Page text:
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Recycling plastic: point of view of Raphaël Guastavi

Recycling plastic: point of view of Raphaël Guastavi
#plasticsrecycling #automotiveindustry #environmentalimpact #productionprocess

Integrating recycled plastics into the production process is an opportunity for the automotive industry and an important part of the global commitment to decarbonization. In future years, promoting recycling channels will be crucially important. OPmobility is well placed to meet the targets it has set itself for incorporating recycled plastics into its solutions and products.

How can we meet the challenge of plastic recycling?

Those who start recycling plastics today will have a better chance of being ready to comply with regulations and to respond to environmental issues.
Raphaël Guastavi, Deputy Director of the Circular Economy Department at ADEME (the French Agency for Ecological Transition)

How important is plastic to the automotive industry?

R. Guastavi: In 2020, 8% of the total annual production of French plastics manufacturers—4.9 million metric tons—was used in the automotive industry. At the other end of the chain, the end-of-life vehicle (ELV) industry processes 190,000 metric tons, which equates to 5% of all plastic waste, and that proportion remains similar across Europe. Although the collection rate for this form of waste is only 35%, compared with 60% for household plastic waste, we expect that level to rise over the next few years. Nevertheless, there are still many challenges to be overcome.

Why is that?

R. Guastavi: Traditionally, the automotive industry has relied heavily on engineering polymers containing additives, composites and elastomers. These bi-injection molded or co-extruded plastics improve vehicle component productivity, quality and durability. But these component parts are difficult or impossible to separate for recycling purposes. Plastics also have to meet precise specifications for mechanical, aesthetic and safety reasons. The next problem is that materials recovered from ELVs manufactured more than 10 years ago do not necessarily meet today’s expectations. Lastly, the automotive value chain is complex, involving compounders, specialist subcontractors, automakers, marketing companies, and many others. So integrating recycling into the design process will require a coordinated effort.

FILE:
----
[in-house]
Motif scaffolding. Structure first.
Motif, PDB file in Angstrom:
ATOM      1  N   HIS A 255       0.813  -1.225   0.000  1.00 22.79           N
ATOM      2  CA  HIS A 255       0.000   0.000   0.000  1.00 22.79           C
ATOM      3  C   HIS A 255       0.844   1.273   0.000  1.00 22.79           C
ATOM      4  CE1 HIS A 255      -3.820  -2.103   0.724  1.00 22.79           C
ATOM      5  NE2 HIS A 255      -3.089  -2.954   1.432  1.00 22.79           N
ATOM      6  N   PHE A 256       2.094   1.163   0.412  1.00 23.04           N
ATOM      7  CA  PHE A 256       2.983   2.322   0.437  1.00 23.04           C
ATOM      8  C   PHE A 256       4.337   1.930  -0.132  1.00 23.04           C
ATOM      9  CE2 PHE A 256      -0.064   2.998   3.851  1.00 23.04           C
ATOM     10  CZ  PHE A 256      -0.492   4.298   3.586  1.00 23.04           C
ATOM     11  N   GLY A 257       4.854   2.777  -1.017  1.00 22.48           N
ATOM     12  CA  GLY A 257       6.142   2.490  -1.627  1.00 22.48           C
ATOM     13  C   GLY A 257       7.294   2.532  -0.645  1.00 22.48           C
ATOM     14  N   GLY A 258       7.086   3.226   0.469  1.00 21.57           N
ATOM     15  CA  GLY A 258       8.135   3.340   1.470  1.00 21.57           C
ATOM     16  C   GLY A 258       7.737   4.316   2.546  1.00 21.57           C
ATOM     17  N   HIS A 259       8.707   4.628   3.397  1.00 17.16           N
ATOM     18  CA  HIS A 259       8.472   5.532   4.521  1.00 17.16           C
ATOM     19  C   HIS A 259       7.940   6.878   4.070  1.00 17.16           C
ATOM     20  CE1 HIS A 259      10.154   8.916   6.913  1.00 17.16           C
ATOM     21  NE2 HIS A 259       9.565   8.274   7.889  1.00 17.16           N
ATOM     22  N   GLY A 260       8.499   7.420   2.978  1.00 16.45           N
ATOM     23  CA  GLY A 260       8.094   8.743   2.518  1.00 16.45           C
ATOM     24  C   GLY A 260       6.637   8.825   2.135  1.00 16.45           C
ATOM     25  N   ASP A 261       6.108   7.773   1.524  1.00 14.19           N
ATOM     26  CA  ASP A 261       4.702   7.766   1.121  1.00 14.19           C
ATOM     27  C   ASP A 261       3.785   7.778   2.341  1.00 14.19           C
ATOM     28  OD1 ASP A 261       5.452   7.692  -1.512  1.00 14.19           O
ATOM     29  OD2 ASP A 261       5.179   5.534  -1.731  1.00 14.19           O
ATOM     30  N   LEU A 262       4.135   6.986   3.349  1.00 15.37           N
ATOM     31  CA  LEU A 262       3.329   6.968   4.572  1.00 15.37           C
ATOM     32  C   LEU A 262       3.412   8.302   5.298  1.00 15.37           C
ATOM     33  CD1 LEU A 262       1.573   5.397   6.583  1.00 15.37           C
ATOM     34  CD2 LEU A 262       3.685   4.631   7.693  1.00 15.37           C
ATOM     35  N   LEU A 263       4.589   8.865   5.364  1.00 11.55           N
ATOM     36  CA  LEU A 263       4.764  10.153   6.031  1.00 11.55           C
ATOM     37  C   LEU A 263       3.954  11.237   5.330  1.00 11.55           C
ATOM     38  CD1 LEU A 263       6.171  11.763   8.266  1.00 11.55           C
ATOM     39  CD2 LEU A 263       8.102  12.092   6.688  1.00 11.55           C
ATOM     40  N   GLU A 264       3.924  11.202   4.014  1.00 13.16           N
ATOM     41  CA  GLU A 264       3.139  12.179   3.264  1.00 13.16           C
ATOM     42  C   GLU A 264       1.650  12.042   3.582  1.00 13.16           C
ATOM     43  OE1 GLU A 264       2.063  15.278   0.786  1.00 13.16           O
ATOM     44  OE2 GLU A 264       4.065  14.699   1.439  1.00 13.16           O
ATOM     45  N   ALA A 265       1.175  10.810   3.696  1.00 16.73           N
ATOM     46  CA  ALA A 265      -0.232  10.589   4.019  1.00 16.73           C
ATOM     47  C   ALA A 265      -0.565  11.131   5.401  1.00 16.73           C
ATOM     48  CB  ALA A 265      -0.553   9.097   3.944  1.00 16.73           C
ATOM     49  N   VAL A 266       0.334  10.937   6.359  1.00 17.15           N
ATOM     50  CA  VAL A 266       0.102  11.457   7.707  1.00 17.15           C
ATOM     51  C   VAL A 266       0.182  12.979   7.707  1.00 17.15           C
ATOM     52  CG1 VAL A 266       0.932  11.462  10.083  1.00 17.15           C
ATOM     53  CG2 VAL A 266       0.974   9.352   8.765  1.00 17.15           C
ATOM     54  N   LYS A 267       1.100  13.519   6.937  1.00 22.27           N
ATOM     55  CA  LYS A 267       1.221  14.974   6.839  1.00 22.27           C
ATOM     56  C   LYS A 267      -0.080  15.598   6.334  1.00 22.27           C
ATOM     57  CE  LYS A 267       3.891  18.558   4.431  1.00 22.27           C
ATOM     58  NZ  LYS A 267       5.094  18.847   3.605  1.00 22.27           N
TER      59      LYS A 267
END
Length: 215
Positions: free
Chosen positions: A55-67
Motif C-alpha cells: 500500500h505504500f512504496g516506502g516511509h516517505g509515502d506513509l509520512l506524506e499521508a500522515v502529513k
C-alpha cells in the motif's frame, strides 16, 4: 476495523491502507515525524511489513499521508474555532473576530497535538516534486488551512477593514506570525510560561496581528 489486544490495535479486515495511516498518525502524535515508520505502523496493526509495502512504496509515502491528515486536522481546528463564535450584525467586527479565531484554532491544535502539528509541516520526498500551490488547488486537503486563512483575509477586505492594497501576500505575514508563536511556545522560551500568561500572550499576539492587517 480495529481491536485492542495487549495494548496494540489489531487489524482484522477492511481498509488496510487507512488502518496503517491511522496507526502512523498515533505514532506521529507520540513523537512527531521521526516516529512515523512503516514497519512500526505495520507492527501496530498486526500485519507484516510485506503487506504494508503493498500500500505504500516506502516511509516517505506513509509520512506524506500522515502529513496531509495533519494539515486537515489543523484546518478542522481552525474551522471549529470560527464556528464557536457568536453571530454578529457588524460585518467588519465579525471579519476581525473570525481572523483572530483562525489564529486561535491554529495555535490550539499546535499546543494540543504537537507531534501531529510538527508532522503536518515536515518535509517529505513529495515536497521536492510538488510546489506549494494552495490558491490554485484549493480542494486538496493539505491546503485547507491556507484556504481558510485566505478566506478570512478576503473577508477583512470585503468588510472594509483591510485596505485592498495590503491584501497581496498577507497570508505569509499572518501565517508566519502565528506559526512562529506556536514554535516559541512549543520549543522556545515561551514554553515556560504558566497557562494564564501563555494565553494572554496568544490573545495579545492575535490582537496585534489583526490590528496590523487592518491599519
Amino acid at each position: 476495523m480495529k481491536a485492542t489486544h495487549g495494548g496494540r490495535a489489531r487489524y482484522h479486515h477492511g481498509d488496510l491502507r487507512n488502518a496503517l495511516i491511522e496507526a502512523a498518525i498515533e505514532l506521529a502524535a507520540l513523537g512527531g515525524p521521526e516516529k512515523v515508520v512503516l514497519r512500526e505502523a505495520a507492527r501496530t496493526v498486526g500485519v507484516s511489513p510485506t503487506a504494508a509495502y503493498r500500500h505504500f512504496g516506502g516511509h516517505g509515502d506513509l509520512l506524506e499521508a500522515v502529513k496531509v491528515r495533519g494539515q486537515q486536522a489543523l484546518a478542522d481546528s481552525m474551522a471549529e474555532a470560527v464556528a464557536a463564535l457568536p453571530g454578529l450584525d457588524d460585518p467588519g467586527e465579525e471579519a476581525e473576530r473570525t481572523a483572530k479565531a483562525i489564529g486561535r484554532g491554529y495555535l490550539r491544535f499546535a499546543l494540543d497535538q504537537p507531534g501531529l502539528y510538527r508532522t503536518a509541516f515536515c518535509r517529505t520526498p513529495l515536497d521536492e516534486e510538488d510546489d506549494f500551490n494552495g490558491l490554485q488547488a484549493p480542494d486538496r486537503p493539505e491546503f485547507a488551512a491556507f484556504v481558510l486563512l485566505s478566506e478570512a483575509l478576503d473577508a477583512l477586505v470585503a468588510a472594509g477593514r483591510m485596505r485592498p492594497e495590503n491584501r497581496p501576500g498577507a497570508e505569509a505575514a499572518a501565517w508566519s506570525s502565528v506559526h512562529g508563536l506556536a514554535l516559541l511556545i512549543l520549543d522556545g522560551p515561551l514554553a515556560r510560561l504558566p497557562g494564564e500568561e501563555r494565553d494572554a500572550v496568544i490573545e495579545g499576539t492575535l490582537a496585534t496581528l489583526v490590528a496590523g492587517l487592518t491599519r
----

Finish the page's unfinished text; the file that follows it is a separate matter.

What recent innovations could have a positive impact on mobility?

R. Guastavi: In terms of logistics, there are some original initiatives emerging between insurance companies and auto-service centers, for example, that aim to recover materials from damaged car headlights. Chemical recycling has also taken off recently, and has the potential to be a major source of innovation for recycling mixtures of plastics, special plastics like Polymethyl methacrylate and Polycarbonate (PC), and materials historically agreed to be impossible to recycle, such as rubbers.

What are the environmental and economic benefits for companies that integrate recycled plastics into their production processes?

R. Guastavi: This is something that subcontractors need to think through at a very early stage, because the quality accreditation process is a lengthy one. It also takes time to secure the best available sources of recycled materials. Those who start recycling plastics today will have a better chance of being ready to comply with regulations, to meet the needs of their customers and to respond to environmental issues. And although manufacturing technical products from virgin plastic is less costly than transforming systems to incorporate recycled material right now, this trend could be reversed in the longer term due to a series of factors, including dwindling resources and market-driven supply chain tensions for imported components. The rise of ecodesign, strategic partnerships, decarbonization and other trends make this the right time to make the switch to affordable locally recycled materials!


On the same topic, find out the complementary viewpoint from Nicolas Chevallier, Sustainable Materials Project Director, OPmobility.

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